Clients want results rather than excuses and it seems that was Nathans point.

Bob, then you disagree with the lawyers many inspectors and Nick himself.

Good luck.

And if you don’t think nathan sets expectations for his potential clients, you have not been paying attention.

I prefer to spend more time inspecting than disclaiming and I am not sure how you have become Nicks official spokesperson.

Based on your statement about Nathan setting expectations for his clients not sure I can beleive either.

Are you aware of any unhappy Recall Chek clients ?
Please post even one here or shut up.

Yeah thought so but bet you still do not shut up anyway.
You are not a client or a past client of his and have no reason to spend your day obsessing his products .

Fine you do not like him personally …have you met him ?

Just seems odd to follow his posts and make negative comments all day is all I am saying.

Most would call that a vendetta.
I am done here.

I’m not talking about disclaiming alone.

RC members are not allowed to speak negatively, right?

False.

Ask one…oh right here I am.

I do not care for the 90 day warranty and do not sell alarm systems.
Feel it is like spaming clients and have no interest.

Uh Oh somebody is at the door.:frowning:

Many of us feel the same.

But that is my personal opinion.
There are many services and products I ,you,and many others do not use or care for.

Recall Chek is a fine product which is perhaps a little pricey but free if you use the other service products.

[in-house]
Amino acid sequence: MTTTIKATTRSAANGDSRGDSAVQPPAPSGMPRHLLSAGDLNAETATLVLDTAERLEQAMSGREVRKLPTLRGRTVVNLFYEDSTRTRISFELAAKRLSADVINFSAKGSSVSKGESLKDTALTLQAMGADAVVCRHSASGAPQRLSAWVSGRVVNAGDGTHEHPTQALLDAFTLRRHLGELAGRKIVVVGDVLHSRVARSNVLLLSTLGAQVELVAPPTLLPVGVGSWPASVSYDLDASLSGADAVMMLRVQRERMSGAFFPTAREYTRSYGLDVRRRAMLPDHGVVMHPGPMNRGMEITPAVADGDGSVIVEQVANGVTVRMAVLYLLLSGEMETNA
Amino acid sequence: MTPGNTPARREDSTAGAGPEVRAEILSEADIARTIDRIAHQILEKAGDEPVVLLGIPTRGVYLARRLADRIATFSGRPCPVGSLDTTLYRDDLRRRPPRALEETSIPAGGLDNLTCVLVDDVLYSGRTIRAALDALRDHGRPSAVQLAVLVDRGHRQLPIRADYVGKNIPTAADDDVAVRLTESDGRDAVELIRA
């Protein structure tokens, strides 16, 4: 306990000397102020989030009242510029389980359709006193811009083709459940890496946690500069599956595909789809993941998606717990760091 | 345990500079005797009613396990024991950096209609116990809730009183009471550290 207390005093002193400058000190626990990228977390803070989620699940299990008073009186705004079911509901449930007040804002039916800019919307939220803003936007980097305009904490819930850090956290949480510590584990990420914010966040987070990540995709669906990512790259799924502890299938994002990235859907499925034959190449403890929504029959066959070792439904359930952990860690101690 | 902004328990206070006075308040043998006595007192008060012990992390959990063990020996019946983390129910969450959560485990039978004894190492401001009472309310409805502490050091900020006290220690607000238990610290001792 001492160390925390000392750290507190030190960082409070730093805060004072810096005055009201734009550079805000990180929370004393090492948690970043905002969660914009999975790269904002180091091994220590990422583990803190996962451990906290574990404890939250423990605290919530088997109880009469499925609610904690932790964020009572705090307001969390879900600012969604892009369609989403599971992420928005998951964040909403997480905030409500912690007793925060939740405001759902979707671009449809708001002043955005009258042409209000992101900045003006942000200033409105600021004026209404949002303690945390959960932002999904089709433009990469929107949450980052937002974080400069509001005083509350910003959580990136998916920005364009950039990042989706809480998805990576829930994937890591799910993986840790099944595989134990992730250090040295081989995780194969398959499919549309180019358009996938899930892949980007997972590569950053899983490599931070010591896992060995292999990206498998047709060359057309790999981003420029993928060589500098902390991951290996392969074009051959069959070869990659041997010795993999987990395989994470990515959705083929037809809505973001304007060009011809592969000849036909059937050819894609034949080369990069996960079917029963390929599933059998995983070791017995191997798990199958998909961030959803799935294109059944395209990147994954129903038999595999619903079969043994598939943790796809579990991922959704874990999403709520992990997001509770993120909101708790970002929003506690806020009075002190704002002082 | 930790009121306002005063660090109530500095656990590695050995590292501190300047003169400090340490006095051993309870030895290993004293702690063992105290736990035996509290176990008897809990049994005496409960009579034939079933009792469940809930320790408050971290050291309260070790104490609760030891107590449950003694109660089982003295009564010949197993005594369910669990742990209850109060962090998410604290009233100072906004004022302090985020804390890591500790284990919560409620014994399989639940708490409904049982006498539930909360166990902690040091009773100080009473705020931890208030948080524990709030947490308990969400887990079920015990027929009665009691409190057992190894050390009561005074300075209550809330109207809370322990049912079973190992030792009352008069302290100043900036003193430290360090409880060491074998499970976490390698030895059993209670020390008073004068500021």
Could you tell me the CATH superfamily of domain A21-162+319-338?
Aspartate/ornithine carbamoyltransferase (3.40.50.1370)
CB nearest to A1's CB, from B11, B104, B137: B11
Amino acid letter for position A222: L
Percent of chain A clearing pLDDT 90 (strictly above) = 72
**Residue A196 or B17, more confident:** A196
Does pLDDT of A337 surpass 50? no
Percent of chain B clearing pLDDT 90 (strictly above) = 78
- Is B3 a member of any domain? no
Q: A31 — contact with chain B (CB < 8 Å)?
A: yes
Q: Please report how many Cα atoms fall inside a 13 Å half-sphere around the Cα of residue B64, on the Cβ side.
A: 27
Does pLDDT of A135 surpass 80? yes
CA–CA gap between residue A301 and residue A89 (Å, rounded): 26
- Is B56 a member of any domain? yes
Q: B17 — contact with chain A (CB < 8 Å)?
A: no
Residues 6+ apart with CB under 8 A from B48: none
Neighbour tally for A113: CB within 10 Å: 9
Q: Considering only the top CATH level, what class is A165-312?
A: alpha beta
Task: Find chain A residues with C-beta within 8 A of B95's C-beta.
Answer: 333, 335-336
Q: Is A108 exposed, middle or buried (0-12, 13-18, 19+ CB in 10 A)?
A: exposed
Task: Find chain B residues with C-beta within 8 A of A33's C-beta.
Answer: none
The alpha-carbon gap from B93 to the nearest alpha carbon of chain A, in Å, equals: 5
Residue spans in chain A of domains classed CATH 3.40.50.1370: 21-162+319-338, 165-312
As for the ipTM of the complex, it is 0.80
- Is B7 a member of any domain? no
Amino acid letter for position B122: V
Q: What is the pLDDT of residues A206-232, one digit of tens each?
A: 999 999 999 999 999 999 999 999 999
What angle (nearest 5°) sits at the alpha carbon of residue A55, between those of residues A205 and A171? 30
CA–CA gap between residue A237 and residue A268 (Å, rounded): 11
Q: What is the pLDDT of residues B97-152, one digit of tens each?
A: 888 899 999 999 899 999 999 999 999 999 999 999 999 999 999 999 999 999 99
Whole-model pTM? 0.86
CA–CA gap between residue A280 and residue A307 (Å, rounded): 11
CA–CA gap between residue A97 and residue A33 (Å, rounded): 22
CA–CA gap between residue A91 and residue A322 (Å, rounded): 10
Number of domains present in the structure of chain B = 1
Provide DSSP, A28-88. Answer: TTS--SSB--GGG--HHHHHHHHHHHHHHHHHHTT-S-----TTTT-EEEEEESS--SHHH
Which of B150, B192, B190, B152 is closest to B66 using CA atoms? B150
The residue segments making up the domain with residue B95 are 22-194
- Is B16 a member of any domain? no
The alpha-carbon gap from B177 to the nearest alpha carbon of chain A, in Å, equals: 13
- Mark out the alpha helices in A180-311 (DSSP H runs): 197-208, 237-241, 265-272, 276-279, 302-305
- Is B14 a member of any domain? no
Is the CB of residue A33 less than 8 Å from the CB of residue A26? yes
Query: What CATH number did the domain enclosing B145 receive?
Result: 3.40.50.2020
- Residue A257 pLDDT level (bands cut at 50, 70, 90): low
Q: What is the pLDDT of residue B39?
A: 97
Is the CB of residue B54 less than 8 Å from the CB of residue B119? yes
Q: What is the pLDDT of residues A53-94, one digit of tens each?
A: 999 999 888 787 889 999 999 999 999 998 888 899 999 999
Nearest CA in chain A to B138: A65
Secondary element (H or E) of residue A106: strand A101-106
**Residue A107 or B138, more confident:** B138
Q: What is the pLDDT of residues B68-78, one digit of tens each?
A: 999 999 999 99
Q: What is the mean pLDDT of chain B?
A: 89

This is personal opinion which you have never asked for and I find strange seeing as how I actually am signed up and have used the products but while all the 5-6 guys are busy ranting and raving they never once asked the opinion of the most say it like it is guy here …“ME”.

I even offered to give my opinion in the other thread with not one taker as the pack of wolves was to busy salivating at the red meat of Nathan.

Recall Chek is 100% better than the freebie version Linas posted but then again it is free.
Does Nathan over spin at times …Yes.

That does not take value away from his software program.

If marketing the product has value and clients find value it will succeed but if it has little value it will not and as a capitolist Mike I am shocked at how you fail to see this as obvious.
Not to me but admit to yourself that if the product has little value it will fail with or without the pack tearing at Nathans skin.

You guys are actually creating more and more product recognition …AMAZING!

To the OP:
It is a business decision that you need to make. How long does it take to check the appliances? If you develop a system which incorporates the appliances, it takes hardly anymore time than it does to not inspect the appliances.

I have always inspected appliances and always will. In fact, here in Florida, if the new Standards of Practice are ever adopted, it will be a requirement.

If you are concerned about liability, you can contact an attorney and have him draw you up something to protect you.

Here is what I have on my appliance page:
“There is no warranty expressed or implied for any appliance tested.
Note: Cleaning cycle was not tested for oven.
This Inspection is not to be used to determine if any recalls exist for any appliances.
Magnum Inspections Inc. will not be responsible for any recalled appliances. It is up to the Buyer to investigate and determine if any recalls are in effect for any of the appliances located on the property.
The average life expectancy of any appliance is between 12-15 years. Any appliances that are older than 12-15 years may require replacement in the near future.”

If you wish, feel free to use the above and substitute your companies name.